All in all, hard work is really important! I don't mean to discount that (and I fully realize that practically-speaking, I need to put in the hours, which is what I am doing and will continue to do). I'm just hoping to have a conversation about some of those systemic and interpersonal factors that make it harder for some people than others. Socioeconomic status is one of those factors, so it's great to hear you know someone from a low-SES background who went on to be really successful in academia. However, his story is unfortunately the exception rather than the rule. 

Edited by stemstudent12345
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1 hour ago, Cophysneurec said:

Maybe I am blind, but I have not noticed any discrimination towards women in math or science among my peers. It seems to me there is a certain stigma around becoming an engineer or mathematician that evokes a very nerdy numbers obsessed and un-feminine stereotype. But is this stereotype just a function of the subject matter? Is it pernicious in some way? I feel that these career paths also tend to turn off the most masculine men who would not mesh with this stereotype either. I keep hearing about data in Norway showing greater behavioral divides between the genders resulting from greater gender equality, and I really wonder if women face exogenous (others discriminating against them) difficulties with higher math/engineering, or if many women happen to have personalities that don’t always mesh so well with the lifestyle of a math geek or engineering nerd.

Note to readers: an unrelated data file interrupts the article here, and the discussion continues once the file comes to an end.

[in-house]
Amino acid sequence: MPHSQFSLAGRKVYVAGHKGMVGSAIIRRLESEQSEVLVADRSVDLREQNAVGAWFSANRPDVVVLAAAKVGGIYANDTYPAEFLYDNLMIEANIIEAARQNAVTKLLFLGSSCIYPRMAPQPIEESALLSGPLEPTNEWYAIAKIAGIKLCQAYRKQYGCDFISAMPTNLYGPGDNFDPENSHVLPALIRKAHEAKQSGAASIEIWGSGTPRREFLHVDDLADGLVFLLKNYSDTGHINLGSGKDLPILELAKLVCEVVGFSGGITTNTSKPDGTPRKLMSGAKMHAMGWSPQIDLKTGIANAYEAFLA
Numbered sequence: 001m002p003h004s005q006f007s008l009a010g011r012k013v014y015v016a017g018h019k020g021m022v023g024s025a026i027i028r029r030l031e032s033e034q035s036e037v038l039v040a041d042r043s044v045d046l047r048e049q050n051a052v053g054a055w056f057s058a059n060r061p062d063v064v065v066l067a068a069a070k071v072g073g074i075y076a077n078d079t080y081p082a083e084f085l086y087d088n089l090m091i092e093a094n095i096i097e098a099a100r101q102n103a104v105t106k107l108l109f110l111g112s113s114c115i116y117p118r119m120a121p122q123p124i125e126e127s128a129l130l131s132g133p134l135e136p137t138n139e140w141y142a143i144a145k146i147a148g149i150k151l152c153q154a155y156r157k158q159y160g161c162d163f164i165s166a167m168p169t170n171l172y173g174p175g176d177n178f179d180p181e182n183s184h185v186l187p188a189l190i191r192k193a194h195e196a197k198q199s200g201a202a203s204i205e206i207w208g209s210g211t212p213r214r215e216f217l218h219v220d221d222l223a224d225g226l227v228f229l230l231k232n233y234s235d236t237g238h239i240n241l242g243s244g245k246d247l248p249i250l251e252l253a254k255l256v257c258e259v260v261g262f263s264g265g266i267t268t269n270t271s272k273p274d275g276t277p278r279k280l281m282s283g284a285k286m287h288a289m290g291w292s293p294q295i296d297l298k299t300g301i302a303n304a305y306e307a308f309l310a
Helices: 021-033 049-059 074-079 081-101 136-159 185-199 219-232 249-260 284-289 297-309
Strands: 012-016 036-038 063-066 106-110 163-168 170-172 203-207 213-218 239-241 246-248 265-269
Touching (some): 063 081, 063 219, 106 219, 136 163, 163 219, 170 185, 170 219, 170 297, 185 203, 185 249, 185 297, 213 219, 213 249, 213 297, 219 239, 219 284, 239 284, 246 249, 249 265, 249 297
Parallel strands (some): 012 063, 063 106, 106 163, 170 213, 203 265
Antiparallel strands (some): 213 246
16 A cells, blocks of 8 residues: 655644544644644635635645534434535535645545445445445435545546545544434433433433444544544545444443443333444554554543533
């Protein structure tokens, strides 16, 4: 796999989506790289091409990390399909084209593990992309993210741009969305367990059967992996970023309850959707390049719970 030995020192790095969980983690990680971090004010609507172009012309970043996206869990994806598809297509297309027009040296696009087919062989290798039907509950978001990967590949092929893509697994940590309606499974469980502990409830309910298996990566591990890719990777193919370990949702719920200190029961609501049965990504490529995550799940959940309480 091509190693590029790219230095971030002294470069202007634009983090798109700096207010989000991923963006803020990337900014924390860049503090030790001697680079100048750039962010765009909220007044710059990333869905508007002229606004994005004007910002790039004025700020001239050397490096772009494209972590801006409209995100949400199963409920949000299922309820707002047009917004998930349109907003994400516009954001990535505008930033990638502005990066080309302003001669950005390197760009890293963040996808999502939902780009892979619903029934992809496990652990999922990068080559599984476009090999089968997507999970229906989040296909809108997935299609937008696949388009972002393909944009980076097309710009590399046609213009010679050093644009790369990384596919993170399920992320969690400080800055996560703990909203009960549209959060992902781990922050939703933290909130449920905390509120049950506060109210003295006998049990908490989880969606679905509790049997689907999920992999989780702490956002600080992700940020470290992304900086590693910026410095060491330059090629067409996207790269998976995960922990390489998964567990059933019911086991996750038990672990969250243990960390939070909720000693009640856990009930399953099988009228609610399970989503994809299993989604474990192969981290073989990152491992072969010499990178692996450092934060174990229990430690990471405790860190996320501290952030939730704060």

It's totally possible that you just have better peers than I do and that they aren't discriminatory! Unfortunately that's not the case in my department. I guess I would say that different numbers of women earning Ph.D.s and becoming professors in STEM fields isn't the only evidence of discrimination in the field, so I don't really find the argument that the discrepancy is due to personality differences compelling. There's a huge body of research on things like implicit bias, interruptions in meetings, subjective credibility of authors/teachers based on gender, etc. (not all of which depends on the Harvard IAT) which I think all important to consider.